Crisis brings new opportunity. Germany is looking for investment opportunities in Greece. The German economy minister has made a deal during his Athens visit. He brought with him German industry representatives seeking business in Greece, whose ruling elites have put important chunks of public property on sale. A scramble for Greece will not be surprising. It will be a competition that capitalizes bankruptcy. Labor with a huge reserve army there is hard pressed that puts capital in a better bargaining position.

Greece is at a crossroads and will need to implement “much stricter structural reforms” to avoid default, IMF mission chief to Greece was cited as saying by a German newspaper on October 8. It’s an old, global prescription the bosses prescribe. A “much stricter structural reforms” will press the Greek people much strictly, and that is more dispossessions, more hardship, snatching away of bargaining capacity of labor.

Capitals still are trying to act jointly, especially as they face stronger competitors. The heads of the French, German and Italian employers’ lobbies on October 8 called for stronger European economic and political union. They suggested EU’s only “determined” action. “A diverse Europe, composed of many countries, will only be in a position to maintain its economic position and retain its role of political decision-maker in this changing world if it progresses relentlessly toward a political union,” the heads of France’s MEDEF, Germany’s BDI and Italy’s Cofindustria said in a joint letter. They like to follow this path “to confront the United States, China and emerging economies”, as they said. The business leaders are aspiring to build bridge of unity on a foundation split by competition at its core.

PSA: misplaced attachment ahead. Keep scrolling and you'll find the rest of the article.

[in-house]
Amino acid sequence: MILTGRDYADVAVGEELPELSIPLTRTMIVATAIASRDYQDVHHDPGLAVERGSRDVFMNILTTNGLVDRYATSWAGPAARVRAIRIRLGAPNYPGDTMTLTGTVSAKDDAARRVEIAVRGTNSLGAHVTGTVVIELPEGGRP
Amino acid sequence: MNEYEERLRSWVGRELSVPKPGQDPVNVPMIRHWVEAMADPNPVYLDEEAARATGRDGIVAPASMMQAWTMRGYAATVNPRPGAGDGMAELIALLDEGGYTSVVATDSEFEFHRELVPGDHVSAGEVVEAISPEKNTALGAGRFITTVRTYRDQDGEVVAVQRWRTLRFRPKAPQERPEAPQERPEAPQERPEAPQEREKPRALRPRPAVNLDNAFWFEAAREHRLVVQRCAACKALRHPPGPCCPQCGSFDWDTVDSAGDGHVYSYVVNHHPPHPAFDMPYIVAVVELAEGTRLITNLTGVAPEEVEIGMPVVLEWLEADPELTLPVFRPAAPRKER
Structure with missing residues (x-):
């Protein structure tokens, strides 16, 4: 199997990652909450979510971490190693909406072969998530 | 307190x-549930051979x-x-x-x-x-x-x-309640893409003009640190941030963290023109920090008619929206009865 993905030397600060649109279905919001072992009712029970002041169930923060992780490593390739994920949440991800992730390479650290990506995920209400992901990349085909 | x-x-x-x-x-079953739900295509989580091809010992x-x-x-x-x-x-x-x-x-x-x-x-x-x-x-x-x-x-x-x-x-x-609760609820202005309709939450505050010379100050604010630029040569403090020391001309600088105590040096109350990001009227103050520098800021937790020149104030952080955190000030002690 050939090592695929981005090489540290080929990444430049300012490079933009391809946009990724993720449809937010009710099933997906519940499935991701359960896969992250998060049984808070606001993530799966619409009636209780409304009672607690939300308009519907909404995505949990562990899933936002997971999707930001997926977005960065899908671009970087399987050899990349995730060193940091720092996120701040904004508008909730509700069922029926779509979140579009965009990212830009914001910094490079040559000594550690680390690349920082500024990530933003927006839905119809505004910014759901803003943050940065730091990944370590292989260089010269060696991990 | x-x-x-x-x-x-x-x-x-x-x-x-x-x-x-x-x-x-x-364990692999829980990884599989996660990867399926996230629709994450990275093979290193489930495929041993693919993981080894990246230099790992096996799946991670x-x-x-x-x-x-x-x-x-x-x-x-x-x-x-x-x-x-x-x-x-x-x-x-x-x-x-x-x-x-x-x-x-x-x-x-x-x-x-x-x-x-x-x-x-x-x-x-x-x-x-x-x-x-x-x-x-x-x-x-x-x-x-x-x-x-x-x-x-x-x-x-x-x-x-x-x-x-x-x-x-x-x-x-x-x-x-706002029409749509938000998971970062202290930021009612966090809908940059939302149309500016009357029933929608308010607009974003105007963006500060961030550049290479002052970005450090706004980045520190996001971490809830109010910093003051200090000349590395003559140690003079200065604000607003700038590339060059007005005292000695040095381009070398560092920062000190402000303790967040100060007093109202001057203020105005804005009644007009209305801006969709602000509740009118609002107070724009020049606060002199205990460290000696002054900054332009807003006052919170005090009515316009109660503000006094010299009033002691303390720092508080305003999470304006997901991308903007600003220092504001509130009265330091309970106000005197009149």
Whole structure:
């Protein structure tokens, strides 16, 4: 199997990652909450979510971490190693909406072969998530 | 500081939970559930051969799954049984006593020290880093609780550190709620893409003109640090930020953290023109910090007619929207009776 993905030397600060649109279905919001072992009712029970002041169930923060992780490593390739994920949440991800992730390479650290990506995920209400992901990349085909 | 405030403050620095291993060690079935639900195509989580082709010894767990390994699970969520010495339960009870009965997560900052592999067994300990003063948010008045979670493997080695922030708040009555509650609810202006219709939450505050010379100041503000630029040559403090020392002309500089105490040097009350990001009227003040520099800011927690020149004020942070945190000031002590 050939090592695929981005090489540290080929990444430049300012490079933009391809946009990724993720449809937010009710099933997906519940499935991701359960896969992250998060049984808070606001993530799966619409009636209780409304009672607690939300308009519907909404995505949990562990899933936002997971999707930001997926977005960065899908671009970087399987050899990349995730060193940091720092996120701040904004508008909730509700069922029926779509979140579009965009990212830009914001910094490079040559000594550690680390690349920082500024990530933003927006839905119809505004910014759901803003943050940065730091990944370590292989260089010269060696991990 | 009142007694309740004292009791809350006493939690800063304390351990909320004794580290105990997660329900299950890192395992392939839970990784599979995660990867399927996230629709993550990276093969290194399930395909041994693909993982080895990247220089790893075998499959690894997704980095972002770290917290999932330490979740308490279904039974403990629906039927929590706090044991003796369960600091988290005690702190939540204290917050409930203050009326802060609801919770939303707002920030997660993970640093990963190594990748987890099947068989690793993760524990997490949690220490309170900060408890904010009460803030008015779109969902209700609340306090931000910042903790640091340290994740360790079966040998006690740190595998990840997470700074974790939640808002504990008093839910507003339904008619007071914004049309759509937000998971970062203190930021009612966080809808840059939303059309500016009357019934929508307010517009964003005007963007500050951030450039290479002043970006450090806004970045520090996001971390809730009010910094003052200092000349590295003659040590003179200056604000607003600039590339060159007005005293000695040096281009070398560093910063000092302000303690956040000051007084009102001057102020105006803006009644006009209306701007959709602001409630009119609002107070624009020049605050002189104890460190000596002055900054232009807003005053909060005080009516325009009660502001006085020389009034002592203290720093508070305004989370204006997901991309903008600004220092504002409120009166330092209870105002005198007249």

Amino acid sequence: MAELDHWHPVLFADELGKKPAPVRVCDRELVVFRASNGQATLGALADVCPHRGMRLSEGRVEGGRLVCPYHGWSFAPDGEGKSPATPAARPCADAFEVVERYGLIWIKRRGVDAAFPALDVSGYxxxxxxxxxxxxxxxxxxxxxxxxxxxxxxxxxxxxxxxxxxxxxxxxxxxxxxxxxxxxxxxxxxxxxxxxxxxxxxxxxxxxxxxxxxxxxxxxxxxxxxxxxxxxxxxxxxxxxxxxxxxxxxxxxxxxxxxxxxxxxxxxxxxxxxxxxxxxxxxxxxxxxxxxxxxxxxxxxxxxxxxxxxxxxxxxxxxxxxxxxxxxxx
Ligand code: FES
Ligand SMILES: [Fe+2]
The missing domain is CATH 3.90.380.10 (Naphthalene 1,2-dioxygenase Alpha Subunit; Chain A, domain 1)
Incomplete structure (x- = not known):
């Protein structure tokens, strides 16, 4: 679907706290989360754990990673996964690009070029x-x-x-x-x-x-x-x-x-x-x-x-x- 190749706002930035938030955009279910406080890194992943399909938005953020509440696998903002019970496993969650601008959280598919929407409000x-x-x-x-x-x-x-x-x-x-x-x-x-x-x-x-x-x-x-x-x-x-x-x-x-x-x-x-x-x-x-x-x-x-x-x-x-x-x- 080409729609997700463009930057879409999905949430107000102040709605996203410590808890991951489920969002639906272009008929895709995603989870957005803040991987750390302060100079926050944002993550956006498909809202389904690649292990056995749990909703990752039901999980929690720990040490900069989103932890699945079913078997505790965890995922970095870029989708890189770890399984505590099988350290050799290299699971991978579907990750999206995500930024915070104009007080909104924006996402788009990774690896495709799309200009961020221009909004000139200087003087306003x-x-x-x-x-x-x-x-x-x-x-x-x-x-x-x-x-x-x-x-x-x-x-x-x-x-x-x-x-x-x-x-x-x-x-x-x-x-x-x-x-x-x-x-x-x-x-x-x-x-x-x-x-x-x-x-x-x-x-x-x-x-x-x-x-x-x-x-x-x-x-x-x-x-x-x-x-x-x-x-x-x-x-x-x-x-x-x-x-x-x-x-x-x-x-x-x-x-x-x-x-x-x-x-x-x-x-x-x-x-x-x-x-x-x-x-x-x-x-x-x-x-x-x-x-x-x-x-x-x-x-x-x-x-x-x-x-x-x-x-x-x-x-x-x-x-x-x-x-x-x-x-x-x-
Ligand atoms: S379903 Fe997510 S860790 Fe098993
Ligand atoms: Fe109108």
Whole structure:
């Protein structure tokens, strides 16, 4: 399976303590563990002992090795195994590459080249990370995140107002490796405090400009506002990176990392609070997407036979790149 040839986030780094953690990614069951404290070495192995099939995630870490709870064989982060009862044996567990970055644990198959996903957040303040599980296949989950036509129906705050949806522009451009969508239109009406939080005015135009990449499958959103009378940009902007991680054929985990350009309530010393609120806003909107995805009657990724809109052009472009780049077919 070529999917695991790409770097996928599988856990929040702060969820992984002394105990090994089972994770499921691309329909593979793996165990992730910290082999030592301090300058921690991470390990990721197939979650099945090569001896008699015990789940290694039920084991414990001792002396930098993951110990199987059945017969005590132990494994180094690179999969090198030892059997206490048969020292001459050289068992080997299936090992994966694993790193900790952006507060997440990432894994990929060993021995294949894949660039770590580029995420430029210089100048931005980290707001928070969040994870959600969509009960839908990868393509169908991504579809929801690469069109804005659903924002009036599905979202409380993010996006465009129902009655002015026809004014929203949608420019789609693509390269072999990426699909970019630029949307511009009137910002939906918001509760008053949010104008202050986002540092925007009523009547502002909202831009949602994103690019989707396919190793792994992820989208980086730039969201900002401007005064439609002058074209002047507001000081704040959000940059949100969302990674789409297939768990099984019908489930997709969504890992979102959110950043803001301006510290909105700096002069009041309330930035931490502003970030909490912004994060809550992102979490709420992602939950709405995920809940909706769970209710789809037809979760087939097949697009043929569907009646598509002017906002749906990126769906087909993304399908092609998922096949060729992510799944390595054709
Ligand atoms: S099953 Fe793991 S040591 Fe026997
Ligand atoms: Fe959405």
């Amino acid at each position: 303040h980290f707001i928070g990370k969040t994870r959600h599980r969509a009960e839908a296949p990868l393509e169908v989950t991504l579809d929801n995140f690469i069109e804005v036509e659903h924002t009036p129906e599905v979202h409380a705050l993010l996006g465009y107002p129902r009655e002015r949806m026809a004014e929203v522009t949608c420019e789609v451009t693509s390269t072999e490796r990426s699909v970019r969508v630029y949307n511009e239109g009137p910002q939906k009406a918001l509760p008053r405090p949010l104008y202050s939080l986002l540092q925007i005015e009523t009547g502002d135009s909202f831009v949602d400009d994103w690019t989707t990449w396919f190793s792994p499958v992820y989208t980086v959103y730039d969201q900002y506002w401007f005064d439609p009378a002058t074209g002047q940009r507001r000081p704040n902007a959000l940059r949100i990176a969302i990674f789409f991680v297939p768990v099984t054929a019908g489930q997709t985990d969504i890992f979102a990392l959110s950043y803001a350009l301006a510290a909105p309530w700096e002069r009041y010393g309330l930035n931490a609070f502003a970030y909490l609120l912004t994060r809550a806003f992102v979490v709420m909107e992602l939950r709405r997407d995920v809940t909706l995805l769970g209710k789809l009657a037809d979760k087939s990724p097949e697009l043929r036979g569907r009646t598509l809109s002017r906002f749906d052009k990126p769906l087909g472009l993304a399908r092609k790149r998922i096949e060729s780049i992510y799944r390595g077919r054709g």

But for capitals, still there is no way out from crisis. “There should be no confusion about what is happening. These are desperate remedies for increasingly desperate problems. […] These shifts may be too little and too late – and millions may still pay the price of that”, said an editorial of guardian.co.uk (Oct. 7, 2011)

The people in the UK, as people of other countries, are paying the price. Citing PricewaterhouseCoopers guardian.co.uk informs: British workers going to retire with private pensions will be facing harder days as their pension incomes are substantially less than three years back. Overall pension incomes are now 30% lower than they were three years ago. (Oct. 8, 2011) These facts provided by the main stream cannot be ignored by capital. And, capital cannot ignore the reaction these acts, appropriation at social level, will produce.

Dhaka based free lancer Farooque Chowdhury contributes on socioeconomic issues.